In Spades is the eighth studio album from Cincinnati, Ohio’s The Afghan Whigs and
their second post-reunion effort since reforming in 2011. Main Whig Greg Dulli
reconvened the band back in 2011 and they put out their first new record (Due
To The
Beast) in sixteen years, back in 2014. Dulli has always stradled the line between rock
and R&B; recordings and shows have regularly featured covers of everything
from The
Supremes to Frank Ocean...hell, they even played a SXSW show with Usher!

In Spades carries on that wonderful rock/R&B duality with relative ease; Dulli
even more comfortable, back in his familiar Whig environs than he did on
Due To The
Beast. Though it was a strong comeback record, if you were to lob a criticism at DTTB,
perhaps it suffered from the departure of original guitarist Rick McCollum; his sleazy
leads being as instrumental to the band’s signature sound as Dulli’s sinful vocals. The
loss of McCollum has been felt, but Dulli has opted to fill the void with a
wall of sound
provided by the duelling guitars of Jon Skibic and Dave Rosser.

Lead single “Demon in Profile” sounds like classic Whigs ver2
.0. The track visits all of
the reconstituted band’s strongest elements: keys, guitar bursts, horns, strings and a sly
vocal take by Dulli. Lyrically, Dulli seems to be wading in some troubled waters here: “All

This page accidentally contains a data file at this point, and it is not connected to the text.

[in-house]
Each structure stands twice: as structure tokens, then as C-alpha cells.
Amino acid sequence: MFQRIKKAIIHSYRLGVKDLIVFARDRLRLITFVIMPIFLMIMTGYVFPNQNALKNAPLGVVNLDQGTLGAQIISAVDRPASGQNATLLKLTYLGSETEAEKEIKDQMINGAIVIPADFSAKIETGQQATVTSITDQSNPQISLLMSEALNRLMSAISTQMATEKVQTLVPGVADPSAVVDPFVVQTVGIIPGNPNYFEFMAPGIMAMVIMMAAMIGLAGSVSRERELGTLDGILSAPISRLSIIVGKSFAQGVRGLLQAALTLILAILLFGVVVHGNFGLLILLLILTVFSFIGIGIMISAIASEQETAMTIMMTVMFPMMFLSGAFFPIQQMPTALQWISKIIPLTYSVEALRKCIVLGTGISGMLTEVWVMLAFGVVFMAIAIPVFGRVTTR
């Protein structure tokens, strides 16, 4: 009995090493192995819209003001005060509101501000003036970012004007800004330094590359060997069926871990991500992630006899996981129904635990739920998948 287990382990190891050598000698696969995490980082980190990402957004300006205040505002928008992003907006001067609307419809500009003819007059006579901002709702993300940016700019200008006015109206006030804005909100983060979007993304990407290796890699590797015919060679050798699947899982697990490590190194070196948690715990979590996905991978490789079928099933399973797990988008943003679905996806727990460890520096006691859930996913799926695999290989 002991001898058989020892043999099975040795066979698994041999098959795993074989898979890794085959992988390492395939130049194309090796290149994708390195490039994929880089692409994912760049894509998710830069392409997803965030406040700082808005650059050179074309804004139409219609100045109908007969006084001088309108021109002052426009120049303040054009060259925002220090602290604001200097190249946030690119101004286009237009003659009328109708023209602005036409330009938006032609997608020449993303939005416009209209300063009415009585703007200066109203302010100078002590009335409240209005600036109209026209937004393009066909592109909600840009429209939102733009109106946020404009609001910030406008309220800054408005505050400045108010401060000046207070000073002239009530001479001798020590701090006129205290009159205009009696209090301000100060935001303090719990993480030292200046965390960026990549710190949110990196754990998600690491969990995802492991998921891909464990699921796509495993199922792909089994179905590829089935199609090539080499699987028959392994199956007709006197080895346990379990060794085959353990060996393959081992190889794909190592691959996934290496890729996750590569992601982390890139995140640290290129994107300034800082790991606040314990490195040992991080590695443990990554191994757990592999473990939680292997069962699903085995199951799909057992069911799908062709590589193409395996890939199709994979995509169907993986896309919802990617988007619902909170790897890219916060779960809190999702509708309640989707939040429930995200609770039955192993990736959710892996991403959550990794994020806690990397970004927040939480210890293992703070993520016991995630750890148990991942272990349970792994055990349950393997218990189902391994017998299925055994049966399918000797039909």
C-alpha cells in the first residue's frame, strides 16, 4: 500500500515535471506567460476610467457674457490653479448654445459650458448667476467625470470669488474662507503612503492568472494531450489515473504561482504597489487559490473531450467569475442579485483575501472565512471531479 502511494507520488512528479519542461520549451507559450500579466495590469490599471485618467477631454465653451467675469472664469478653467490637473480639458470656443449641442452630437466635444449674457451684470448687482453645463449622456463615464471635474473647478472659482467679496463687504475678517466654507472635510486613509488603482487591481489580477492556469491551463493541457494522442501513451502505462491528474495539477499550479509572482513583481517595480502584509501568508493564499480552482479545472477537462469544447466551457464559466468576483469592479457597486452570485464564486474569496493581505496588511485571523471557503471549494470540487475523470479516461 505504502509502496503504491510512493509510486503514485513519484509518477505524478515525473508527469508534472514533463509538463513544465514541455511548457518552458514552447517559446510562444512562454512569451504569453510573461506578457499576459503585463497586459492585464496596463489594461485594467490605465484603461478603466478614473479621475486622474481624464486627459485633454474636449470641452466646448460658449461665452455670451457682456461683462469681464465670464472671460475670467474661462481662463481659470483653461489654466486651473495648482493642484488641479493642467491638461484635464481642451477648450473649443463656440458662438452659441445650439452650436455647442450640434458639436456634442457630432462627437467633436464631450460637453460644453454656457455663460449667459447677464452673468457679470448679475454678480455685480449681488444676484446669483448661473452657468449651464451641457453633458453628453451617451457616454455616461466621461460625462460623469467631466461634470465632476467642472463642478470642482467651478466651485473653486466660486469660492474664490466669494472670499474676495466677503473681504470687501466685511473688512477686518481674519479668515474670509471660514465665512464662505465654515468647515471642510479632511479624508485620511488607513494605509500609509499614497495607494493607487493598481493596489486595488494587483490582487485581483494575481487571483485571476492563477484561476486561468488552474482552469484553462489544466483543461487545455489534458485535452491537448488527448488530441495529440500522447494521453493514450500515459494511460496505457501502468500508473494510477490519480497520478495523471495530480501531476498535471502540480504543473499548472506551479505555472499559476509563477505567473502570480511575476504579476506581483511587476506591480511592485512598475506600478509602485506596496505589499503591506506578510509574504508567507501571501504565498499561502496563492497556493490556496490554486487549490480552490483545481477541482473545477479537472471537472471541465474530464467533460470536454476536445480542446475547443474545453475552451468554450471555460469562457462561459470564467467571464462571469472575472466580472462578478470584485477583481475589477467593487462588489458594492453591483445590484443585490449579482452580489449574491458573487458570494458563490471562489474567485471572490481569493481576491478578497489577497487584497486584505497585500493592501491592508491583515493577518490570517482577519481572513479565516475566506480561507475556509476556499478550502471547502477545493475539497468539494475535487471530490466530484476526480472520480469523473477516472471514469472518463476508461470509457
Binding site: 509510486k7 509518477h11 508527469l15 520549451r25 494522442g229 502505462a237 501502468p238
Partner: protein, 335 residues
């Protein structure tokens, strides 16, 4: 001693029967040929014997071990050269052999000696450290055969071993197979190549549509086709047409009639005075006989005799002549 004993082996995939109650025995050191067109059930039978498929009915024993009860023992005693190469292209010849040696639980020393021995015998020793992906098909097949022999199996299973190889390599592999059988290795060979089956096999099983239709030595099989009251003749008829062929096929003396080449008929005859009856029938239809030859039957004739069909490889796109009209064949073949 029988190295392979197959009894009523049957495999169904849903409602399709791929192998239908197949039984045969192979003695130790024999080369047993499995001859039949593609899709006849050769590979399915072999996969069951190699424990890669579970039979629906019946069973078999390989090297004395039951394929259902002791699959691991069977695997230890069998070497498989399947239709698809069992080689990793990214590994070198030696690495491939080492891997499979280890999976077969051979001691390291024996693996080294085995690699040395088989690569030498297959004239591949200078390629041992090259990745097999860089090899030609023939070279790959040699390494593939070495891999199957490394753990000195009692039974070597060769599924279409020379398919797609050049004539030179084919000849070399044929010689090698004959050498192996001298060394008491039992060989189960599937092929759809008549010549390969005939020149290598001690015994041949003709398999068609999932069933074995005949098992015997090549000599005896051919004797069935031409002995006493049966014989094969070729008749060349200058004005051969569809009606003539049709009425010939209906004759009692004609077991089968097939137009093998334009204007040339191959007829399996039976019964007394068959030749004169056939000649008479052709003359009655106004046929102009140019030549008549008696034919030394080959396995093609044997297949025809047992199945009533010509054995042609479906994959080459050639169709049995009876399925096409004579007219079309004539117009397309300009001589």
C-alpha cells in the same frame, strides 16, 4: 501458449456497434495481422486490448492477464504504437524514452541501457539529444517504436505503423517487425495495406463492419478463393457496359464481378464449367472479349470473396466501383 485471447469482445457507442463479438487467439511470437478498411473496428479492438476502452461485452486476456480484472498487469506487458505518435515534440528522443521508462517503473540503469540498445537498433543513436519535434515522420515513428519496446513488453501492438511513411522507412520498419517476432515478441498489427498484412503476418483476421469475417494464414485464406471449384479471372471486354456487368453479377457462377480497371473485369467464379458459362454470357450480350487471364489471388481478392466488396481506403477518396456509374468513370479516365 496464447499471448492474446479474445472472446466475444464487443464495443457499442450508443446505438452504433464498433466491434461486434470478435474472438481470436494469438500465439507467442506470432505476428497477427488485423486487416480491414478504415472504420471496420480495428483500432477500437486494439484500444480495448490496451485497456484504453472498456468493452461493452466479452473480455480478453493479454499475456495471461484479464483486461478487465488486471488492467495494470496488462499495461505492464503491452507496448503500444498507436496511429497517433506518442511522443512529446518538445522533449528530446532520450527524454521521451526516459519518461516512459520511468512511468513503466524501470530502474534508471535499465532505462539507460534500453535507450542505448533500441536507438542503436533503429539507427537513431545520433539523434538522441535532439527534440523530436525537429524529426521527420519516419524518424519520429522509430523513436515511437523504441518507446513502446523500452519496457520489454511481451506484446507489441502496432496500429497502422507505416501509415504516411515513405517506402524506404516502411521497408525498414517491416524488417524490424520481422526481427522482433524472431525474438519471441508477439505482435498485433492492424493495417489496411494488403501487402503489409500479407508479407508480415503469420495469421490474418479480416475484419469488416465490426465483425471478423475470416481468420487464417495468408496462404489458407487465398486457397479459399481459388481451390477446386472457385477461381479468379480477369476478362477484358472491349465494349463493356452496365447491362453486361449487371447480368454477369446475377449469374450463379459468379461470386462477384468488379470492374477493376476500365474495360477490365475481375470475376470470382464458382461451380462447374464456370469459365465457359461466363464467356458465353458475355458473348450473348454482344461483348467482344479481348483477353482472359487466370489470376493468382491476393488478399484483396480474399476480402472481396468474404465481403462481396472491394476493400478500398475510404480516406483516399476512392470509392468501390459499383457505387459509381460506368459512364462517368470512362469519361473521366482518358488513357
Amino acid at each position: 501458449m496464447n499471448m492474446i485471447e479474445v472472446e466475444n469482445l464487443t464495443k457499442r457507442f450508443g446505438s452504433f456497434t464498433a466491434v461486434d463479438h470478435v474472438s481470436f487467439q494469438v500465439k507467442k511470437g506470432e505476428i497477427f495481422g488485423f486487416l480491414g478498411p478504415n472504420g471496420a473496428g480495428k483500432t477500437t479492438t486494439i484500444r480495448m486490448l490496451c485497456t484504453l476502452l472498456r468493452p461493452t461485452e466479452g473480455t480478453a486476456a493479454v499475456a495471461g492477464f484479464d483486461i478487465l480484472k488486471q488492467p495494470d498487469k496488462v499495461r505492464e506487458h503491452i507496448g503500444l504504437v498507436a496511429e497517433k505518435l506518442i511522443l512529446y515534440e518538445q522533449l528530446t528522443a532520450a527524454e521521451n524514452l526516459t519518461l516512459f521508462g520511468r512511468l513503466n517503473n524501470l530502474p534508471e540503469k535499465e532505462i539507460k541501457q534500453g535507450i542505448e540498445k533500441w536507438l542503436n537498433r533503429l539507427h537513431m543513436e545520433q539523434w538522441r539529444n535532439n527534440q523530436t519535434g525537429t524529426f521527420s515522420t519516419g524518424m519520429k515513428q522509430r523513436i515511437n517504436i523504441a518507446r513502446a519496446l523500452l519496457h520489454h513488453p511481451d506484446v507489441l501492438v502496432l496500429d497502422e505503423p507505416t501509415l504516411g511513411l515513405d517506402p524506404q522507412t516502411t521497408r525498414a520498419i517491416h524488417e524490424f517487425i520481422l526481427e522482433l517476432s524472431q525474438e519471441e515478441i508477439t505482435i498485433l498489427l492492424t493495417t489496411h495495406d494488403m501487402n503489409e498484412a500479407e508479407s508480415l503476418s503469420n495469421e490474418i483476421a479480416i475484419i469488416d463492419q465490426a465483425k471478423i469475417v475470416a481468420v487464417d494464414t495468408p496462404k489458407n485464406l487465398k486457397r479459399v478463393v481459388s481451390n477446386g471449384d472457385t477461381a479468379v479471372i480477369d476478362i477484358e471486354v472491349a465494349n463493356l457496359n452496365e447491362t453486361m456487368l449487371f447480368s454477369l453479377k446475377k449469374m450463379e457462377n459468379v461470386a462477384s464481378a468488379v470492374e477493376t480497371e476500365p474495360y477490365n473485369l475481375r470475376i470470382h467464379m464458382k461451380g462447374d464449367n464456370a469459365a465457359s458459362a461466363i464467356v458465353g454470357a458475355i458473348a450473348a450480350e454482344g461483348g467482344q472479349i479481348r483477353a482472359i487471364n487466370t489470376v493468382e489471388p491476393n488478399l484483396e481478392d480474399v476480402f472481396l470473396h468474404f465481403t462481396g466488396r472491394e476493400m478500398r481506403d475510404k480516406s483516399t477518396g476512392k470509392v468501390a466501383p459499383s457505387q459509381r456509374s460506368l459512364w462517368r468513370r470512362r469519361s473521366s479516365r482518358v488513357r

over your body / This electricity / It was all that I wanted / Now it’s killing me.”

“Arabian Heights” and “Copernicus” both showcase a bigger
sound than anything you
would have heard on earlier classic releases like Gentlemen or Black Love. “Arabian
Heights” utilizes programmed beats, slide guitar and a deep, concussive bass drum to
pummel it’s intent, while “Copernicus” relies on a fuzzed out guitar riff and Patrick
Keeler’s (he of Raconteurs fame) engaging drums.

All Afghan Whigs records feature a softer side to Dulli’s confident
swagger and this time
out it’s “Birdland” and “Into The Floor”; the two tracks that bookend
In Spades.
“Birdland” in particular stands out with it’s stunning, sparse arrangement that features
stop/start strings and horns while Dulli masterfully croons. Dulli’s vocals take centre
stage on “Into The Floor”, with blood curdling screams of “I remember you always this
way” lingering long after hearing them.

“Oriole” is right in the wheelhouse for the Whigs. A more subdued number than the ones
that came before it, “Oriole” may feature sweet cooing and lush strings but don’t let that
fool you...this is another dark song of regret from a band that has made a career out of

Greg Dulli has had a long and storied musical career, even after the original demise of
The Afghan Whigs. Whether it’s been as part of The Twilight Singers, the Mark Lanegan
-aided Gutter Twins, or even his solo work, Dulli’s track record has been remarkably
consistent, but it’s The Afghan Whigs that will always be his true home. Dulli’s songs
have stood the test of time as musical fads have come and gone...when Kurt was
singing of teenage angst, Greg was covering The Supremes. When Creed wanted to
take you “higher”, The Afghan Whigs wanted to take you to the “crime scene.” This is all
to say that In Spades is a worthy addition to The Afghan Whigs catalogue, so go get it!

-Johnny Hooper